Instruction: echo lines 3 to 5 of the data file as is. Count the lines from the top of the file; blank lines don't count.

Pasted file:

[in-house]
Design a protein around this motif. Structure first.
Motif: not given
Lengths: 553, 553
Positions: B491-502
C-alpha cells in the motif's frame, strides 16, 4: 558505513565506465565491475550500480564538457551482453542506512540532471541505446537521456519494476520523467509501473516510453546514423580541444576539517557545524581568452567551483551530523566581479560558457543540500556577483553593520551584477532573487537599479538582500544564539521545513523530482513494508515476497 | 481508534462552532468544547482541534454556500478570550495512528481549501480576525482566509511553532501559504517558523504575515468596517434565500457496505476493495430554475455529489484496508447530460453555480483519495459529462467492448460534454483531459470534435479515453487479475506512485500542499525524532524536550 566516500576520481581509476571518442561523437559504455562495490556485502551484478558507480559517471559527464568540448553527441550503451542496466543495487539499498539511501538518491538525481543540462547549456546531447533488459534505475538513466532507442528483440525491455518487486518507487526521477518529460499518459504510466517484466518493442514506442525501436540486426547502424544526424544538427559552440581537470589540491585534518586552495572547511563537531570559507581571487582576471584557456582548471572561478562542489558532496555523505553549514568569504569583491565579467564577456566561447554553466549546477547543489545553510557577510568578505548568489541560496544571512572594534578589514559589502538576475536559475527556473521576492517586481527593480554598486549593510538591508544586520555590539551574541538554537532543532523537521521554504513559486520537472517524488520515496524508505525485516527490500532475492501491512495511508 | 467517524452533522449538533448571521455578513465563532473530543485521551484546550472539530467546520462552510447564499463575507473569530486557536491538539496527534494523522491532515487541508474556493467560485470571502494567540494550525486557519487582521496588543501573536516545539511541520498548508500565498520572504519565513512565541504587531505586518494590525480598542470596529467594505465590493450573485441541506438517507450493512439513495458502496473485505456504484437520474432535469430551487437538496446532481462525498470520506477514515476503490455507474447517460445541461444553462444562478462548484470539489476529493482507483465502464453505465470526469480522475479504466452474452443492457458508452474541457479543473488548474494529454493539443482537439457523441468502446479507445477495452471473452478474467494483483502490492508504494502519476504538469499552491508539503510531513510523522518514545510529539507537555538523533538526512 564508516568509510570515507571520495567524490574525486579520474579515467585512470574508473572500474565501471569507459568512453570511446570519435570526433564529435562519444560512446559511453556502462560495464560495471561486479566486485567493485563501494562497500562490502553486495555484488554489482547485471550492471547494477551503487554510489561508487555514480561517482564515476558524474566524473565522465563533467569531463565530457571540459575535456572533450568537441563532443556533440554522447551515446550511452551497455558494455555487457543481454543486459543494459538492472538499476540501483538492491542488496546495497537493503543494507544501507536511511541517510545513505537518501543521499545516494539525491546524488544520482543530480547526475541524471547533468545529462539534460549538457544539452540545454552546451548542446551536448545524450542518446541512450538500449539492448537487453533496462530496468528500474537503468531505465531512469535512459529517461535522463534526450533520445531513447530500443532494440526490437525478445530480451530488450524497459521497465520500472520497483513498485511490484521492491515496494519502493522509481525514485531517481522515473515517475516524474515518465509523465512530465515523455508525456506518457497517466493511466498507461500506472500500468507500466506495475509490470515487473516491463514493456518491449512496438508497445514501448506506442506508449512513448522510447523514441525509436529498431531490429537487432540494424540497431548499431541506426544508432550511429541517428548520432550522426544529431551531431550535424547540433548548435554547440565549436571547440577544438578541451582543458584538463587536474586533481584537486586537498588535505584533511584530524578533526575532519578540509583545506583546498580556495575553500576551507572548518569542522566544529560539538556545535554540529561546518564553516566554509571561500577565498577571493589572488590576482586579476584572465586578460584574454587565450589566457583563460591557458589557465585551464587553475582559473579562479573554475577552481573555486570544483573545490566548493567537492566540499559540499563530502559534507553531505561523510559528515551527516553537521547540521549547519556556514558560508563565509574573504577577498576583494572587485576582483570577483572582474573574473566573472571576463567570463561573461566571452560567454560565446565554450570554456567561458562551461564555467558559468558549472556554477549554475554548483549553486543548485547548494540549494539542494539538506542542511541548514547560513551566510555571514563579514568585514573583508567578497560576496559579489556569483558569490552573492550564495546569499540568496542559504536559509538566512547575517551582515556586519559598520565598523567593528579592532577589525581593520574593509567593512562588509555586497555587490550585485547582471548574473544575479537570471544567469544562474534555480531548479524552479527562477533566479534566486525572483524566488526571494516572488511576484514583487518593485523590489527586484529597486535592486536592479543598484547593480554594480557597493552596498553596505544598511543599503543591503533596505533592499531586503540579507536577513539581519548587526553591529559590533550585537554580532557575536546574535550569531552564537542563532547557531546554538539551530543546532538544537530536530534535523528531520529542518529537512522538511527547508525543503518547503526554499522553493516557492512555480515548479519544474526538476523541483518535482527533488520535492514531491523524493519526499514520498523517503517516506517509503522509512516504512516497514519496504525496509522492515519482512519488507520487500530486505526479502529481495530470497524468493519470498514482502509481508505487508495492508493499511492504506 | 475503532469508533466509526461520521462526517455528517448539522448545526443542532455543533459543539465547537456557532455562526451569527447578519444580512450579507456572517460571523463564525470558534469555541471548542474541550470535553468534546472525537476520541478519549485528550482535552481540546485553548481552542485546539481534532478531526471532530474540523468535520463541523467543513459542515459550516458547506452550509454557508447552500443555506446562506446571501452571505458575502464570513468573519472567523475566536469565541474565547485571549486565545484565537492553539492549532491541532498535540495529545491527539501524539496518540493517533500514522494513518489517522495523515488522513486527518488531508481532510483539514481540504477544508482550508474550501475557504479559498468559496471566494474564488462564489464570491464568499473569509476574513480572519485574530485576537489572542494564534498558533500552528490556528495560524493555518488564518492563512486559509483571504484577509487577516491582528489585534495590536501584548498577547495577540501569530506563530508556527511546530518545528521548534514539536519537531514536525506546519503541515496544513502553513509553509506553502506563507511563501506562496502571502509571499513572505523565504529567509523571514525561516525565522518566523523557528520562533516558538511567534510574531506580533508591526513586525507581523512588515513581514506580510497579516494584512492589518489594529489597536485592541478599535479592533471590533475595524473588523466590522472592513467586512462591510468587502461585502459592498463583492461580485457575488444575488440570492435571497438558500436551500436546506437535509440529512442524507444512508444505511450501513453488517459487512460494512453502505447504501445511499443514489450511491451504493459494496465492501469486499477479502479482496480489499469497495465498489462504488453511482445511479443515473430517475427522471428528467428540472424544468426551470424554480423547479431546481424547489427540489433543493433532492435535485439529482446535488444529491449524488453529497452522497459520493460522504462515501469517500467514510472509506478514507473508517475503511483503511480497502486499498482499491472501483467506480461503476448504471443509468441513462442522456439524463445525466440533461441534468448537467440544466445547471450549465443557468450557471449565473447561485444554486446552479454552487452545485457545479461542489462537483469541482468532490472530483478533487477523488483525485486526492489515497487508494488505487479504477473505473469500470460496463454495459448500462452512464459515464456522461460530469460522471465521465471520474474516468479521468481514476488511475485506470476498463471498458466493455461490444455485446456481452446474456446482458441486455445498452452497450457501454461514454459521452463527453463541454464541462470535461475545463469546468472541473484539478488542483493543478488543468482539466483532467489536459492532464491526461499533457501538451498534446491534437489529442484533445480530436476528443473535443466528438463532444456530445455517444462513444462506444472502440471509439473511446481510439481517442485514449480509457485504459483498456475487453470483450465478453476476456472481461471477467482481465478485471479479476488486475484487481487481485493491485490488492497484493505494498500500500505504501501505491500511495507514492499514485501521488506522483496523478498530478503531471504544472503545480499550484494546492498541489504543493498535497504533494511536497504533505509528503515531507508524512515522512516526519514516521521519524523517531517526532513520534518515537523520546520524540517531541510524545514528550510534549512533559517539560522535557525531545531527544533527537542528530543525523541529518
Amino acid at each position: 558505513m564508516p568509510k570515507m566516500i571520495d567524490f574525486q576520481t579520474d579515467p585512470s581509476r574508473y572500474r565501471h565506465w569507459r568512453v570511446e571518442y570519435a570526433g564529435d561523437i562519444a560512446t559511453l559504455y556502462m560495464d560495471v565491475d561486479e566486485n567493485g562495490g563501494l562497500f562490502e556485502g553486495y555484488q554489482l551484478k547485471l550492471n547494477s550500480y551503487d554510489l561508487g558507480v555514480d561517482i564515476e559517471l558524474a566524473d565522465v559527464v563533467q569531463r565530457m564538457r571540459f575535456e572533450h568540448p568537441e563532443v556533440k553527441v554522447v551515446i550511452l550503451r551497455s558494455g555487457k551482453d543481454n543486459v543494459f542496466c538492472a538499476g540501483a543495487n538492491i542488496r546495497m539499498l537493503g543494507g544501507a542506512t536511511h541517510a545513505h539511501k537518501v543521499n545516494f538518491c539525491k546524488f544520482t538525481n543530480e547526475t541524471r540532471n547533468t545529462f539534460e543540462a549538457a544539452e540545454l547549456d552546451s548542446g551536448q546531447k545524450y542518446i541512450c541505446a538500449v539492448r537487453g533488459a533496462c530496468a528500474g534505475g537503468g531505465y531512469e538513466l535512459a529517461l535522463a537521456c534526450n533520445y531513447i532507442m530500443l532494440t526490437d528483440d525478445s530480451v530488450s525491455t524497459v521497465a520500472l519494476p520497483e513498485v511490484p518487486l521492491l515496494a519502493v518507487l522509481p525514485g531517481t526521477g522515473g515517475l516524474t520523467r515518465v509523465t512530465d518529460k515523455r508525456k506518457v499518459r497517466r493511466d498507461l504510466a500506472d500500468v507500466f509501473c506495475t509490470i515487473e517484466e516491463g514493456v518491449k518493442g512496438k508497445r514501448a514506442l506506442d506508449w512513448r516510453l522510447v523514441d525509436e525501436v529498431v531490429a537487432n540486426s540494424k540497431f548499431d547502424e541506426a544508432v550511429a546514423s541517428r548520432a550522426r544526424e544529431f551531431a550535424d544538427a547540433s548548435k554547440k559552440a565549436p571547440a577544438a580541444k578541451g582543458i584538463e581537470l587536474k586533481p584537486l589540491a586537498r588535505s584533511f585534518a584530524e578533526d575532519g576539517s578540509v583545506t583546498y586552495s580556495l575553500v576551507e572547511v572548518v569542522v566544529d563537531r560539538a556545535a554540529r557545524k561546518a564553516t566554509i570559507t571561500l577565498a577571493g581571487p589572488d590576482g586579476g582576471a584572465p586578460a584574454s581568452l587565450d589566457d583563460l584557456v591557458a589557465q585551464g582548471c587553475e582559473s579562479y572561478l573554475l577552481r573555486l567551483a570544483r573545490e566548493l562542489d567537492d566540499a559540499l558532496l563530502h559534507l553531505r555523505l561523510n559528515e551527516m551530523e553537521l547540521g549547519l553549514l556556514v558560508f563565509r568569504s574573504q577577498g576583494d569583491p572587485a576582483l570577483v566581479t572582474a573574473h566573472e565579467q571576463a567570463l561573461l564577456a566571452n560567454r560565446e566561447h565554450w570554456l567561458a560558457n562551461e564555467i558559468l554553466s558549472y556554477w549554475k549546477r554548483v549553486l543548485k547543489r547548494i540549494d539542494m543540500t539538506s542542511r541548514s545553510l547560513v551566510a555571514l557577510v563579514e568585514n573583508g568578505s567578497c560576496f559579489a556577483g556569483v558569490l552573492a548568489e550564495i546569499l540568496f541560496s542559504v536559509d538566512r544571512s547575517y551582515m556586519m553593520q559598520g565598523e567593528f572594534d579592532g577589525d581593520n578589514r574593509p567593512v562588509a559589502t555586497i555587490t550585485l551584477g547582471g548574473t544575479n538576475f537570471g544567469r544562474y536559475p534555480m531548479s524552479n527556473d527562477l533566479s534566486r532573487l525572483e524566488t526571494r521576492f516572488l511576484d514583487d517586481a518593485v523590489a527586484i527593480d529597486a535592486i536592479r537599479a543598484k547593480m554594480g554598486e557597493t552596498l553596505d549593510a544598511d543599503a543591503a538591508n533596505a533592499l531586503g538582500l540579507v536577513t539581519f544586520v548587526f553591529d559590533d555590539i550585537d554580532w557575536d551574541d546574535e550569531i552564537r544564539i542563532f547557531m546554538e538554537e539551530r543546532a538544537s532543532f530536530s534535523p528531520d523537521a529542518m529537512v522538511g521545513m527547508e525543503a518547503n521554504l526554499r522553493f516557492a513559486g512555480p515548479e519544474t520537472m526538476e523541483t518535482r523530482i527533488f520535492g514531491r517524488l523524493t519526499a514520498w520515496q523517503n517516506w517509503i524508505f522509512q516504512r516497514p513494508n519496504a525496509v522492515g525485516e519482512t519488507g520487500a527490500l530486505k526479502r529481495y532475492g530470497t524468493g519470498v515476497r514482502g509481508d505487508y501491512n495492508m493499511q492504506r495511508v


Motif: not given
Lengths: 553, 553
Positions: B491-502